Nearly Half of Young Adults Say They Will Not Watch the First Presidential Debate
Forty-eight percent of 18-29 year old Americans say they don't plan to watch the televised presidential debate between Al Gore and George W. Bush on October 3. Among Americans 30 years of age and older, only a third say they will not watch the debate.
The latest Shorenstein Center weekly national poll also found that only 14% of young adults say they plan to watch all or most of the televised presidential debate. Among older adults, 33% claim they will watch that much.
Throughout the presidential campaign, the Shorenstein Center polls have found that young adults have taken much less interest in the election than their older counterparts. On a week-to-week basis, young adults have been a third less likely (20% to 32%) to say they have been thinking about the campaign, talking about it, or paying attention to news about it. "We have regularly found that young adults are not paying much attention to the campaign," says Tami Buhr, research coordinator at the Shorenstein Center. "Our surveys have not yet found even a single week in the campaign when a majority of young adults have said they have paid close attention to what's happening."
Not surprisingly, many young adults haven't yet decided whether they would prefer Bush or Gore as president. Forty-three percent of adults under 30 say they don't yet have a preferred candidate or could change their mind about their choice during the remaining weeks of the campaign. Somewhat surprisingly, given their relatively low level of interest in the televised debates, nearly half of these uncommitted young adults say that the debates are very or somewhat likely to affect their choice of a candidate.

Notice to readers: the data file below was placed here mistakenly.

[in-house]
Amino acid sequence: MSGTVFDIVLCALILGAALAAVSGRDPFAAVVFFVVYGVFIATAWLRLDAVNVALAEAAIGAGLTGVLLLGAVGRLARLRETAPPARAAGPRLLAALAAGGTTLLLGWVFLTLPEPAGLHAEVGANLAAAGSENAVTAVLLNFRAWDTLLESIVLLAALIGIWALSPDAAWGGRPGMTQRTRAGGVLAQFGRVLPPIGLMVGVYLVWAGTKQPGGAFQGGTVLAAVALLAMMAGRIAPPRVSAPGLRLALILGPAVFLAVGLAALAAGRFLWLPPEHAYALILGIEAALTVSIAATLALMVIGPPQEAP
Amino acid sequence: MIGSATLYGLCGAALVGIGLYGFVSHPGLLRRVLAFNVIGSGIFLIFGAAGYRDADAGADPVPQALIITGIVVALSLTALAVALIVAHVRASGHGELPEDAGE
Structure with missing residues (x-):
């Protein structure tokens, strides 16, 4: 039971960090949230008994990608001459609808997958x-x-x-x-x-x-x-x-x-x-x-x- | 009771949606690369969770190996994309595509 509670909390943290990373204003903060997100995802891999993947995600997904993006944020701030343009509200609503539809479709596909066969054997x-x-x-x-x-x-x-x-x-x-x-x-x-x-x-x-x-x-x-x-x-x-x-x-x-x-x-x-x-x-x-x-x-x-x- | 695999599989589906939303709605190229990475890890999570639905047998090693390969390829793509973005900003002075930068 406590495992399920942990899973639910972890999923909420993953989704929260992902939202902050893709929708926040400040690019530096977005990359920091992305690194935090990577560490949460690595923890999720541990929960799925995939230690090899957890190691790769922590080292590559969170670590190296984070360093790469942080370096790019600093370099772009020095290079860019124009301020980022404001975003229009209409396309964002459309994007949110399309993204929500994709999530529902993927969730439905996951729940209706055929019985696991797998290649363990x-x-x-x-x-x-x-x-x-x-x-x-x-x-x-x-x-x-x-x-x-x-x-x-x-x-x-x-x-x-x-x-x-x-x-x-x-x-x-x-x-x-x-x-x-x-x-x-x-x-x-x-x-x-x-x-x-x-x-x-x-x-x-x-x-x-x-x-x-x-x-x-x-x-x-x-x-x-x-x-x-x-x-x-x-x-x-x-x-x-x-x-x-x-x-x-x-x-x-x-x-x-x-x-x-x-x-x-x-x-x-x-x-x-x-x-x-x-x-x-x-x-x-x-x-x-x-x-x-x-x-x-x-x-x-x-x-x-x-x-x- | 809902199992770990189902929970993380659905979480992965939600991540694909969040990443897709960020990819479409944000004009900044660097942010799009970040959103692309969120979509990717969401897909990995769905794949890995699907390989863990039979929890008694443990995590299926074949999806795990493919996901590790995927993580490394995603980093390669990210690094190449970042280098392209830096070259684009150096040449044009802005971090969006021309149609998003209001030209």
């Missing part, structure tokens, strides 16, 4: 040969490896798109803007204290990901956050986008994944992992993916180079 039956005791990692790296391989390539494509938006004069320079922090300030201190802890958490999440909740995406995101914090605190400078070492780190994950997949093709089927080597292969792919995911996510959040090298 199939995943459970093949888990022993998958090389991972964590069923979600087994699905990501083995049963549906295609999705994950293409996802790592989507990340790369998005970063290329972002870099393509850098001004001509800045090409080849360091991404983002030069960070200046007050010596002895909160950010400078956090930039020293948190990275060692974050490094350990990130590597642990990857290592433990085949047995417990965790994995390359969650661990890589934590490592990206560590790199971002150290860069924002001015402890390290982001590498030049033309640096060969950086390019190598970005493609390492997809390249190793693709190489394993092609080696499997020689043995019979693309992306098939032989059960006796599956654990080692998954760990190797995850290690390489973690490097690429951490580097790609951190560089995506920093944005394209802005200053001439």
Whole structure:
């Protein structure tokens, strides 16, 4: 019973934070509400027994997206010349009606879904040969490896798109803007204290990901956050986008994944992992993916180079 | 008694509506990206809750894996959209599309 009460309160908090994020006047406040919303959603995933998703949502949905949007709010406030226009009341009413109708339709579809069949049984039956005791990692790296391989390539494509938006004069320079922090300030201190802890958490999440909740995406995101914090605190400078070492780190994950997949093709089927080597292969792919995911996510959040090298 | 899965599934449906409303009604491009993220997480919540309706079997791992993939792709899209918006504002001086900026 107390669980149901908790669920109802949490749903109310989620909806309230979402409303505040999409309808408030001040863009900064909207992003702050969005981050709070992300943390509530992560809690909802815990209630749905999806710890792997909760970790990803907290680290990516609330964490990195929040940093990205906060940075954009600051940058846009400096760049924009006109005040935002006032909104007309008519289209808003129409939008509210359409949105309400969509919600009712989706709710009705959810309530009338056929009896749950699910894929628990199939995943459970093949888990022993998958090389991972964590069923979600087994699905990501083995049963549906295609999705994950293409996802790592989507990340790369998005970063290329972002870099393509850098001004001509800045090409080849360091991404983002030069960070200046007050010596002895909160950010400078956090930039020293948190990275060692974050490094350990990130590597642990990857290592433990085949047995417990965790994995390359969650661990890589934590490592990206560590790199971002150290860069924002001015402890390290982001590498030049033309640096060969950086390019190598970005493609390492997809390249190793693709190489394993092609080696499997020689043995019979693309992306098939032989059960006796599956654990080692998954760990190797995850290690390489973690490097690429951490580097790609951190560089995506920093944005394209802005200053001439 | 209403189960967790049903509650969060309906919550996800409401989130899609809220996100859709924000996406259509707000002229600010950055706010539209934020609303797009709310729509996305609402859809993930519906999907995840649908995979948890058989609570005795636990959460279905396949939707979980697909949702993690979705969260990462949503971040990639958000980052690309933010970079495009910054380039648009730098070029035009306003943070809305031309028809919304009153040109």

In the week following the New Hampshire primary, which was also the week following the Super Bowl, the Shorenstein Center poll found that young adults were three times as likely to know who had won the Super Bowl (the St. Louis Rams) as to know who had won the GOP New Hampshire primary (John McCain). In the most recent Shorenstein Center poll, young adults were four times as likely (55% to 14%) to claim an interest in watching the televised Olympics as in the televised presidential debate. "This generation of young Americans is steeped in the media-television and the Internet-but most of them pay only a small amount of attention to news or televised public events," says Thomas Patterson, director of the Shorenstein Center survey and Bradlee Professor of Government and the Press at Harvard University's Kennedy School of Government. "Compared with young adults of the 1960s and 1970s, this generation is politically apathetic, at least in the realm of mainstream politics, including elections."
The results reported here are from nationwide telephone surveys of approximately 1,000 adults conducted November 14, 1999 September 24, 2000. The surveys have a sampling error of ±3%. The Vanishing Voter Project is a study by the Joan Shorenstein Center on the Press, Politics and Public Policy at Harvard University's John F. Kennedy School of Government. Funding for the project is provided by The Pew Charitable Trusts. The project is co-directed by Thomas E. Patterson, Bradlee Professor of Government & the Press at the Shorenstein Center at Harvard, and by Marvin Kalb, Executive Director of the Shorenstein Center's office in Washington.
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